At 6-foot, 200 pounds, Parada has a strong, compact frame with minimal projection remaining. There is an intriguing power/hit combo in the profile. It’s more doubles power at present, but the ball jumps off the bat, he’s got above average bat speed and the ball will start to leave the yard more frequency as he learns to elevate. An athletic backstop, he moves well behind the dish and he shows off a plus arm, with pop times under 1.90 in both showcase and game settings. The Georgia Tech commit runs well for a catcher, logging a 6.72/60 at PG National.
67. Connor Phillips (RHP, McLennan CC)
Phillips impressed evaluators this fall, pumping mid-90s fastballs and reaching as high as 98 mph, while mixing in a hard mid-80s slider with short, tilted action. He battled his mechanics some this spring, leading to periodic control issues, but still racked up 27 strikeouts in 25.2 innings of work over the course of the short spring. Phillips sports an athletic 6-foot-1, 190-pound frame with room in the build to continue to add strength as he matures. Phillips is a true freshman who has the leverage to return to school and continue to improve his stock, but teams who saw him good this fall could be enticed to snap up the talented righty and buy him out of that path.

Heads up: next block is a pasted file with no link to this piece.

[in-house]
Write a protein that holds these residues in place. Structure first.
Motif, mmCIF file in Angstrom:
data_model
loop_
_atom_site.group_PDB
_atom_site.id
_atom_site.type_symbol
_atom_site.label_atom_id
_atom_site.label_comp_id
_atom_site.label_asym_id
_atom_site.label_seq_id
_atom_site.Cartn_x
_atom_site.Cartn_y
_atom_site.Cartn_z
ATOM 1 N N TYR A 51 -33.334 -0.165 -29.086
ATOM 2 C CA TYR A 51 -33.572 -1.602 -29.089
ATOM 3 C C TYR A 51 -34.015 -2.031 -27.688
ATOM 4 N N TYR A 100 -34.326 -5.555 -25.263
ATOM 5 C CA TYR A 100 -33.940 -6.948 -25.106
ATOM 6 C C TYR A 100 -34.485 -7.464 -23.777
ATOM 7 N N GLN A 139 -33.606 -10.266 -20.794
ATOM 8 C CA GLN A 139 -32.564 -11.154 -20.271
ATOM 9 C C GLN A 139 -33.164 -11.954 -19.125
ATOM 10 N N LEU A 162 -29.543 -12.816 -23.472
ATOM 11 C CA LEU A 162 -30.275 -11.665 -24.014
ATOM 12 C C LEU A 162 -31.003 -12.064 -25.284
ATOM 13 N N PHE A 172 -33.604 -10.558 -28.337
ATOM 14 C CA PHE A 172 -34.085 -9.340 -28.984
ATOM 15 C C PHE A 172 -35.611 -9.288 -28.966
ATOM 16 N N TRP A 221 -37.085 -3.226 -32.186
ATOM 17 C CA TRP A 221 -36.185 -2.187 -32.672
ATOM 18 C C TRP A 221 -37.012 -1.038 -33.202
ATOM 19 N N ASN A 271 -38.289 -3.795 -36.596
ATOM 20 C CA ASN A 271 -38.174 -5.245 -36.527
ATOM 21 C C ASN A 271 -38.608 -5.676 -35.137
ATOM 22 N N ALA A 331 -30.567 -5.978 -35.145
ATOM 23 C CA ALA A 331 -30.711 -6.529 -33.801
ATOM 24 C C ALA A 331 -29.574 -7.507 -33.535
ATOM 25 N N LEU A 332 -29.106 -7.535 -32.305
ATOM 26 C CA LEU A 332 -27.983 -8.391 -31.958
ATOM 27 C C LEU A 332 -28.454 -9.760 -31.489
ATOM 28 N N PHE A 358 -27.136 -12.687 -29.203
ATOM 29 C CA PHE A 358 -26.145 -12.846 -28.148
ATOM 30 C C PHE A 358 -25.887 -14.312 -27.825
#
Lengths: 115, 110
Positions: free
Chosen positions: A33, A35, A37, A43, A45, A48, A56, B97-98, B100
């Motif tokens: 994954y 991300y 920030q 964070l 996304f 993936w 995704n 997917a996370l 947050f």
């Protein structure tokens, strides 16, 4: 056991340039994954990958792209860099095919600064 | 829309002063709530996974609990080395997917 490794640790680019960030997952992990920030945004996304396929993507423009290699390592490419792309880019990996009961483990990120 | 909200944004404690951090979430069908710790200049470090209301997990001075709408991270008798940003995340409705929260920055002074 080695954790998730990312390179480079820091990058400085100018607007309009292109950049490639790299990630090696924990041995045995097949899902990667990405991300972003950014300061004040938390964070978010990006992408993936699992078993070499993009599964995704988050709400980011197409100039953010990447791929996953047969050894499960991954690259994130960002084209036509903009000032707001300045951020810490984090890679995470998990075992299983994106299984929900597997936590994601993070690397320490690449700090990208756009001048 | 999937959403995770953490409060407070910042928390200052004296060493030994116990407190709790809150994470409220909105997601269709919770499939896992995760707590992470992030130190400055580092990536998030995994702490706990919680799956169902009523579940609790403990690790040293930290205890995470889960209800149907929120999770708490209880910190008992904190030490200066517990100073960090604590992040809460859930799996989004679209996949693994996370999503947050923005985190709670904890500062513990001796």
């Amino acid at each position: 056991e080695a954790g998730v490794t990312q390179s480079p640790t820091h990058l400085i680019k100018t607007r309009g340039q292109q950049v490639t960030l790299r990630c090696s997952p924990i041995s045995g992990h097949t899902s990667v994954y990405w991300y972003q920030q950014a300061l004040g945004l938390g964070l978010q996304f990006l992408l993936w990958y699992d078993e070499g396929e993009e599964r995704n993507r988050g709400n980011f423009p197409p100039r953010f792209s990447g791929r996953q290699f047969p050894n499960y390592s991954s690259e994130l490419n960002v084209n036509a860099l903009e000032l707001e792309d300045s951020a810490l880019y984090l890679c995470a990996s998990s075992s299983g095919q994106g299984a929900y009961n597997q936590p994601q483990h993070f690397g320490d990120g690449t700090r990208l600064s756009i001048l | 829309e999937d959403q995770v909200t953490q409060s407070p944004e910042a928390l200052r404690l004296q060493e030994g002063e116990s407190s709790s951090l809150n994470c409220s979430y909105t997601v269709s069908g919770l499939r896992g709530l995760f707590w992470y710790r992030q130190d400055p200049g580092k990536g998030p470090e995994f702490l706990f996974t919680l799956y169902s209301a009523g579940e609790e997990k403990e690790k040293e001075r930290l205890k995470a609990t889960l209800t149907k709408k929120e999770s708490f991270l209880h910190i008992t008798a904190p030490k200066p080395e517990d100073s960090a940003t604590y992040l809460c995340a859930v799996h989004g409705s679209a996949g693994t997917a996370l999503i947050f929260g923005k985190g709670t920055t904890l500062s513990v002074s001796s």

68. Chase Davis (OF, Franklin (CA) | Video)
Athletic and strong bodied at 6-foot-1, 210-pounds, Davis turned in a strong showing against good arms at the WWBA World Championships in Jupiter last fall. He profiles in rightfield, where his plus arm is a deterrent for would be runners taking an extra base. There’s some length to the swing, with a bat wrap that will occasionally throw off his timing and ability to drive hittable pitches, but his innate bat speed would allow him to shorten up without sacrificing pop.
69. Mason Erla (RHP, Michigan State Univ. | Video)